If the insurer denies that there was a work injury or has denied benefits for another reason and an administrative conference is not an option for you, you must file a petition for benefits. This initiates a more formal proceeding that ends with a hearing if your case is not settled by agreement. There are different petition forms for different circumstances. The most common petition forms for employees are the Employee’s Claim Petition and the Employee’s Objection to Discontinuance. These forms are available on the DLI website. Instructions for filing the forms are included on the form. If you need help understanding the form or how to complete it, please contact DLI or a staff attorney at OAH.
You will receive a notice in the mail of the date, time, and place that a proceeding is scheduled to occur. An administrative conference regarding discontinued temporary total or temporary partial benefits is typically held several weeks after the request for conference. An administrative conference following a Medical or Rehabilitation Request (that is not consolidated with a petition) is typically held two to three months after the Medical or Rehabilitation Request is filed. A settlement conference is usually held within six months after an Employee’s Claim Petition is filed. If a petition is not resolved by settlement, it is referred for a hearing at OAH. The petition is typically scheduled for a hearing within six months. Some cases are scheduled for a pretrial conference before a hearing.
Certain issues or cases are expedited for an early hearing. Cases involving a request for approval of urgent medical treatment (such as surgery) are advanced on the calendar. If the treatment has already been provided and the remaining dispute is over the payment of the bills, the case is not expedited. Cases involving a recent discontinuance of wage loss benefits are also expedited for hearing. An employee may also file an Affidavit of Significant Financial Hardship (a statement documenting the employee’s very urgent financial situation) to request that a petition be scheduled earlier than usual. You will find the Affidavit of Hardship form on the DLI website. Some employees apply for public assistance benefits while waiting for a workers’ compensation dispute to be heard and decided. You may also want to contact DLI to request mediation services. If the insurance company is willing to meet with you to try to resolve your case by agreement, the state mediator would assist you and the insurer in that process. A mediation session may be requested and scheduled at any time the parties and the mediator are able to do so. Mediation is a voluntary process; there is only a binding outcome if you reach an agreement.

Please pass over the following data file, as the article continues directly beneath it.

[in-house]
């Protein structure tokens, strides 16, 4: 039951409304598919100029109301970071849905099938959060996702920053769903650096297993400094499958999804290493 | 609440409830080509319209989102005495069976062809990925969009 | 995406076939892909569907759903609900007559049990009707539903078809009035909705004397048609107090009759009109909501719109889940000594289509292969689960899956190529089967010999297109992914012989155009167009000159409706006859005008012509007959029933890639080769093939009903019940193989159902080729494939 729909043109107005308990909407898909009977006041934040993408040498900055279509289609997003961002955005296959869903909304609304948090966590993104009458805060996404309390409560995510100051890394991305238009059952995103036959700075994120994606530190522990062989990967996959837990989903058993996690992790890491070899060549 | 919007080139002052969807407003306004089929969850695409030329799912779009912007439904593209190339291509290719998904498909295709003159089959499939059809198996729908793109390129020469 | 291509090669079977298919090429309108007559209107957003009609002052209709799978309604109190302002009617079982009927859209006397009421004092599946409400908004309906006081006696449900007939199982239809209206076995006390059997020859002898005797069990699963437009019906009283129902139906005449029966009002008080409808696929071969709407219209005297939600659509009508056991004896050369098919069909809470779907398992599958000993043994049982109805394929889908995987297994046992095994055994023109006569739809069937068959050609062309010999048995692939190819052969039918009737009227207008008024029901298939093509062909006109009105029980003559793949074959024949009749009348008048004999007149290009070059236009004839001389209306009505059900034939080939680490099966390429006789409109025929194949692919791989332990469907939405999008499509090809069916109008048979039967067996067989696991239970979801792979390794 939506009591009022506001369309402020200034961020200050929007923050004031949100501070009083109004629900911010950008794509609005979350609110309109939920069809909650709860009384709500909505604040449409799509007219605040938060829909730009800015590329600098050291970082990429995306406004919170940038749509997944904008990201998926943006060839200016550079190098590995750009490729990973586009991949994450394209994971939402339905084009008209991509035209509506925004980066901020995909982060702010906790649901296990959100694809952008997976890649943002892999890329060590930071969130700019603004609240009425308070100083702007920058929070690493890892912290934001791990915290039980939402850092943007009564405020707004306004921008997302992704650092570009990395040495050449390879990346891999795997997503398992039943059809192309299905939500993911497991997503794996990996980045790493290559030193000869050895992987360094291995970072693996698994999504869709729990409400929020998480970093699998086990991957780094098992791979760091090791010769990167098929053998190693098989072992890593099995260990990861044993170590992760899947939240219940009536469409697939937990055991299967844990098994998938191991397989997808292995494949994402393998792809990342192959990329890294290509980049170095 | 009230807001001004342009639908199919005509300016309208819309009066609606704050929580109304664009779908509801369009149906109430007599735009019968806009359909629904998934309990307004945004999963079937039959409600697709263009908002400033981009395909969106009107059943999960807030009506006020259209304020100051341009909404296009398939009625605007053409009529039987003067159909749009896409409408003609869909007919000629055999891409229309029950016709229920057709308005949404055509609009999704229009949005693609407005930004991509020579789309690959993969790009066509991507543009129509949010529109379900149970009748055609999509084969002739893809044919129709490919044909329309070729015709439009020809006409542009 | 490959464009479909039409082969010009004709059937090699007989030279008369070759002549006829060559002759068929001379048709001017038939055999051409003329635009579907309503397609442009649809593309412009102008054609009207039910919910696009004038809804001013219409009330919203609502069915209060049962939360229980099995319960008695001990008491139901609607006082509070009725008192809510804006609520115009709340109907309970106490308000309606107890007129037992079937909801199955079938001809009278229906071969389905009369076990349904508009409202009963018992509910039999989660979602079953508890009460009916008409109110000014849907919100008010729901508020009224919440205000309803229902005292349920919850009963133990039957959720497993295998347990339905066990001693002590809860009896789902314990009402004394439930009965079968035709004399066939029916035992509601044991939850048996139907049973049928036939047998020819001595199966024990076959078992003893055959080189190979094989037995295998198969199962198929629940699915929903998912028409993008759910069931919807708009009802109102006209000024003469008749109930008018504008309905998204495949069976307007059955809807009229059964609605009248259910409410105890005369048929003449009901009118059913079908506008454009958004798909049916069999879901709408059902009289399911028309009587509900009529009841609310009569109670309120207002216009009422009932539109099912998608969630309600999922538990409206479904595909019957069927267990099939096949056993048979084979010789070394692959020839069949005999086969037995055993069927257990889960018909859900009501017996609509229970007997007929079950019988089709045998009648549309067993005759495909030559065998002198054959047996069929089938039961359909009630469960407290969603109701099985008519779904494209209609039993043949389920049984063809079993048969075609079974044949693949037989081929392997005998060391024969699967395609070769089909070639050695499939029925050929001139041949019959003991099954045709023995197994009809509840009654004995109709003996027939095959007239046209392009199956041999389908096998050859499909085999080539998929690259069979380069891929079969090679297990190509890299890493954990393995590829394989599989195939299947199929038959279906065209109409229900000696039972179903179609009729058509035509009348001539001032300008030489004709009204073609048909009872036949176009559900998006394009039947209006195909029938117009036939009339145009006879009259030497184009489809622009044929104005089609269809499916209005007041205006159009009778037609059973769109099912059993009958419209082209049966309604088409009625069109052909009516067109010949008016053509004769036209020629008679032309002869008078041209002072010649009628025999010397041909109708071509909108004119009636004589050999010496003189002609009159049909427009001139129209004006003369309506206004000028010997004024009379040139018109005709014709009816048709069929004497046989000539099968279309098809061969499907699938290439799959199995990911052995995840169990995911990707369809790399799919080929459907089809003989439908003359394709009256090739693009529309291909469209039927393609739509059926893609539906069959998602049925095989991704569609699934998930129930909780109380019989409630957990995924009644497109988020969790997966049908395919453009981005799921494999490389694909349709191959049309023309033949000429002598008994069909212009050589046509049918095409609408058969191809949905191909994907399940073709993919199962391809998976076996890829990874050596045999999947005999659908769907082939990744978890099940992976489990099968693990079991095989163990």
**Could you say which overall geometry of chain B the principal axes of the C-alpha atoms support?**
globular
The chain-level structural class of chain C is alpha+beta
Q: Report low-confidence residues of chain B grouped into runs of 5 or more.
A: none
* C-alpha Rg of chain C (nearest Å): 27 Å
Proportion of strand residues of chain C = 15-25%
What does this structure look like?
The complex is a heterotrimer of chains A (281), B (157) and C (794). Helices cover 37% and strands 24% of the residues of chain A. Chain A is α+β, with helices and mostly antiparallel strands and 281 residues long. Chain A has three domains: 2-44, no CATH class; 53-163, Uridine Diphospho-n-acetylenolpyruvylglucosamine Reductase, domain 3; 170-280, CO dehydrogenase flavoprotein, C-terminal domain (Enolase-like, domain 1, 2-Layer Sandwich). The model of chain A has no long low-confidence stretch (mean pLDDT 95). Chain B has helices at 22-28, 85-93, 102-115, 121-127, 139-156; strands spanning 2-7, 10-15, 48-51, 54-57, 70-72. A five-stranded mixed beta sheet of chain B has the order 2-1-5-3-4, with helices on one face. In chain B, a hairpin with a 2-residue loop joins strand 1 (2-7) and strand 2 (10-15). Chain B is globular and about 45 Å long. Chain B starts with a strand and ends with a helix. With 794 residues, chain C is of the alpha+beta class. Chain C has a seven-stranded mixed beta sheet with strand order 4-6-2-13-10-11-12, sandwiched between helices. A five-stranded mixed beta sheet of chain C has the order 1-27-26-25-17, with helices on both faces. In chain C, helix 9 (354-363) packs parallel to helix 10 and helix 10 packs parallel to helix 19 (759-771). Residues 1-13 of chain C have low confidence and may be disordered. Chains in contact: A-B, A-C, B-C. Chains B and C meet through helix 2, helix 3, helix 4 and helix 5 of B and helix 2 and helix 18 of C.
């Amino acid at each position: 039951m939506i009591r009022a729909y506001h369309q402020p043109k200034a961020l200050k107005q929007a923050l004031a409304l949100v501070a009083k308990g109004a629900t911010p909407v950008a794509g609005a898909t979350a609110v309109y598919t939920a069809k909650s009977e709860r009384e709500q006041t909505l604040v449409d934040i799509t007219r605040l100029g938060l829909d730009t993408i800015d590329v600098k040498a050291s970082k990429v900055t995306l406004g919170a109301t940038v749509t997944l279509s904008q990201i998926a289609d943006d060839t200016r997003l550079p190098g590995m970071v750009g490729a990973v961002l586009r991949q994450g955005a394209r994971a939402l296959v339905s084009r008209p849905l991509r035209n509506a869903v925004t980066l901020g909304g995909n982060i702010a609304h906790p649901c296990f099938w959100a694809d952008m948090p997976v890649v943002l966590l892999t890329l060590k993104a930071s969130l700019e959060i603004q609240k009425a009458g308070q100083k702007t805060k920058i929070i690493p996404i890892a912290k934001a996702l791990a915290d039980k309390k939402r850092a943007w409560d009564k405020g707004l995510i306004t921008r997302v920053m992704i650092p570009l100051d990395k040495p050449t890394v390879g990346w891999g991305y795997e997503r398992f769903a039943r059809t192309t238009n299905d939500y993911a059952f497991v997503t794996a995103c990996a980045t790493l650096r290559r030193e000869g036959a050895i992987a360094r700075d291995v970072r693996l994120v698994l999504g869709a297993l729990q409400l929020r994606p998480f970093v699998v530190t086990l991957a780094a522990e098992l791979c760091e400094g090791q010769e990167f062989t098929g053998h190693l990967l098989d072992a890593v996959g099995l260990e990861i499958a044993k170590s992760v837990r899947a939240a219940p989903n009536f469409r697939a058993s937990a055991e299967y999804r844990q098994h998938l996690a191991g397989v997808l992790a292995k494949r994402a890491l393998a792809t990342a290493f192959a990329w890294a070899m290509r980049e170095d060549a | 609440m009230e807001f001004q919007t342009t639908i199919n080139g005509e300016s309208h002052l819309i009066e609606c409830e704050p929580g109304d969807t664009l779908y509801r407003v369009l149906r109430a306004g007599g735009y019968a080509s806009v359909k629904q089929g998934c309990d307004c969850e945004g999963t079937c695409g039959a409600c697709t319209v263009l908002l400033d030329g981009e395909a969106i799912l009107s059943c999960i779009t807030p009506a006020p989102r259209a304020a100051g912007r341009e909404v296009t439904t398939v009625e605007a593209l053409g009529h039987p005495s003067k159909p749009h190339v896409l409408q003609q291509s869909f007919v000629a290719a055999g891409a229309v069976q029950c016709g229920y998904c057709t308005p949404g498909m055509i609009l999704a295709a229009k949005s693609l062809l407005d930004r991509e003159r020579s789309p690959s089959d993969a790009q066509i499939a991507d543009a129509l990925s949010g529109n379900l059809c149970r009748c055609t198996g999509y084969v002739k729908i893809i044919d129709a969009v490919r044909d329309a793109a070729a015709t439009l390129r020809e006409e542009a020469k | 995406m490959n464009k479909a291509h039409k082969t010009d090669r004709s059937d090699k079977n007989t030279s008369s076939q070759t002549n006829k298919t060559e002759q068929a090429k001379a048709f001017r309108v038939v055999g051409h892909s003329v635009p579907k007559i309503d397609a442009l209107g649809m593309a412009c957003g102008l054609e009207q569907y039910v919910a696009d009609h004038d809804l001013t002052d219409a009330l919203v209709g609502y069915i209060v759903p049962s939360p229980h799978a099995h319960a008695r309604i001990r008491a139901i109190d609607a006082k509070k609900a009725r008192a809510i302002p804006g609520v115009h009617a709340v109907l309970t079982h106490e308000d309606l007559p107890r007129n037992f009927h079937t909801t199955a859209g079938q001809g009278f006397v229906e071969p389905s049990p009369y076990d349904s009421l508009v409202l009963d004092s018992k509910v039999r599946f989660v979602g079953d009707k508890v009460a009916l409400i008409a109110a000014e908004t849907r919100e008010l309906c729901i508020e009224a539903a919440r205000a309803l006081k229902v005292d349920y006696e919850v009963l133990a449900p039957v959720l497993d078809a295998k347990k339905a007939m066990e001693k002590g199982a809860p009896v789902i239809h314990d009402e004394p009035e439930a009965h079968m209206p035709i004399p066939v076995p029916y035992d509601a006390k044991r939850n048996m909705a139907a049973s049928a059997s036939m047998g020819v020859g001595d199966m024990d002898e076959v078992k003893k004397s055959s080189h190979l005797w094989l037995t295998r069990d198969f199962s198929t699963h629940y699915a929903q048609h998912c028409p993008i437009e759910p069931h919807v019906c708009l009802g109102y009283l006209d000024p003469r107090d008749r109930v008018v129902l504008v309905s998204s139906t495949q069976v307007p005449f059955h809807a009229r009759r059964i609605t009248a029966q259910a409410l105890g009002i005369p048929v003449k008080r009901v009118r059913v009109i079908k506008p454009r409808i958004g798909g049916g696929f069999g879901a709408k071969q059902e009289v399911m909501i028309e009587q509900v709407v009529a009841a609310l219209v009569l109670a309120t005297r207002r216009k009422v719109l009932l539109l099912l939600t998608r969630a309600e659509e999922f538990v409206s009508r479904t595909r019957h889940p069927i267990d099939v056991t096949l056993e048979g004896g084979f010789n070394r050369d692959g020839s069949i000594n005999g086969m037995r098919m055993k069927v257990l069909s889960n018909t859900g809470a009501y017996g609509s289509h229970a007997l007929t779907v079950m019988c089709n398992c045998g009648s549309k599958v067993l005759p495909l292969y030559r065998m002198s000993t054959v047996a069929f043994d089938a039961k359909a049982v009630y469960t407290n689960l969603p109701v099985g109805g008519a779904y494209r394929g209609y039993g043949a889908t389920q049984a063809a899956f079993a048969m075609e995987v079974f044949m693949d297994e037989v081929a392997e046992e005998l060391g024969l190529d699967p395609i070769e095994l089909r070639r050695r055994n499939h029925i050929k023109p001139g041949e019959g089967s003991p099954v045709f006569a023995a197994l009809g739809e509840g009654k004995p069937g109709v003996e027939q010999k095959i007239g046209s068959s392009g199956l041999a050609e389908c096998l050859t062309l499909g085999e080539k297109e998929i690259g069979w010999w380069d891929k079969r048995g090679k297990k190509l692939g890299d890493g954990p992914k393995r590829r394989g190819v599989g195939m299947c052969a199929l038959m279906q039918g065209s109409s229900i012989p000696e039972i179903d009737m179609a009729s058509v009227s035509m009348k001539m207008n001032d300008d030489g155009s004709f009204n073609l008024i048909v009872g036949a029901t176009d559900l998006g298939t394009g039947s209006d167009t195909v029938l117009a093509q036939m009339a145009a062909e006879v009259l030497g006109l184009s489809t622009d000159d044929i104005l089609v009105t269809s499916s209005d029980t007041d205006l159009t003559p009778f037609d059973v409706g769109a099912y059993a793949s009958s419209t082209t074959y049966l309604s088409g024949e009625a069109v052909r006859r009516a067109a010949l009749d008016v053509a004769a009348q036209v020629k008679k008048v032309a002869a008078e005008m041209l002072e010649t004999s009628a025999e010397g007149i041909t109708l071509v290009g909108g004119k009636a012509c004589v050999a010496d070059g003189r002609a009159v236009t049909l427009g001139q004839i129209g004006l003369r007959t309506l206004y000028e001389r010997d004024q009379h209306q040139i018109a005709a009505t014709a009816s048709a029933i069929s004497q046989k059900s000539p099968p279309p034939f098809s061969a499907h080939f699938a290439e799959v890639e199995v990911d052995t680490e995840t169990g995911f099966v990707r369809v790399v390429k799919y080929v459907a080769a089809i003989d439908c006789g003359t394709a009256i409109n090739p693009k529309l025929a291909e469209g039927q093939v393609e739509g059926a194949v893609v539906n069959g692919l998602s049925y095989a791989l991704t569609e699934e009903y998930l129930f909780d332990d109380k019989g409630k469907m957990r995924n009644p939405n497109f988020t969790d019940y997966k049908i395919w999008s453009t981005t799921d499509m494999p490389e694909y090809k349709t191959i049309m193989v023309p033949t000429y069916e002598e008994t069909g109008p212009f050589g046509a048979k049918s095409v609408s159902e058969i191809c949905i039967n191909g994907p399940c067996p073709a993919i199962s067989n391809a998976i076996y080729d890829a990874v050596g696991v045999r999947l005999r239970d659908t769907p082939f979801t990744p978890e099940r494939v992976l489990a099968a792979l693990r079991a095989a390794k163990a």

An administrative conference is a meeting between the parties (the employee and the insurance company and/or their attorneys) to a workers’ compensation case and the judge. The judge starts the conference by explaining the issues to be addressed in the conference. Each party has an opportunity to state its position on the issues. In some cases there are others included in the conference such as a rehabilitation services provider or representatives of the employer. It is a meeting around a table, not a hearing in a courtroom. There is no formal testimony. The parties summarize the relevant facts and make legal arguments. If you offer written information for the judge to also consider, the judge will decide if it may be considered or not. You are expected to bring copies for the opposing party of any documents you want the judge to consider. Some administrative conferences also include settlement discussions if the judge and the parties think that would be beneficial. If the issues are not resolved by settlement, the judge will issue a written decision after the conference. An administrative conference usually lasts between 15 and 60 minutes.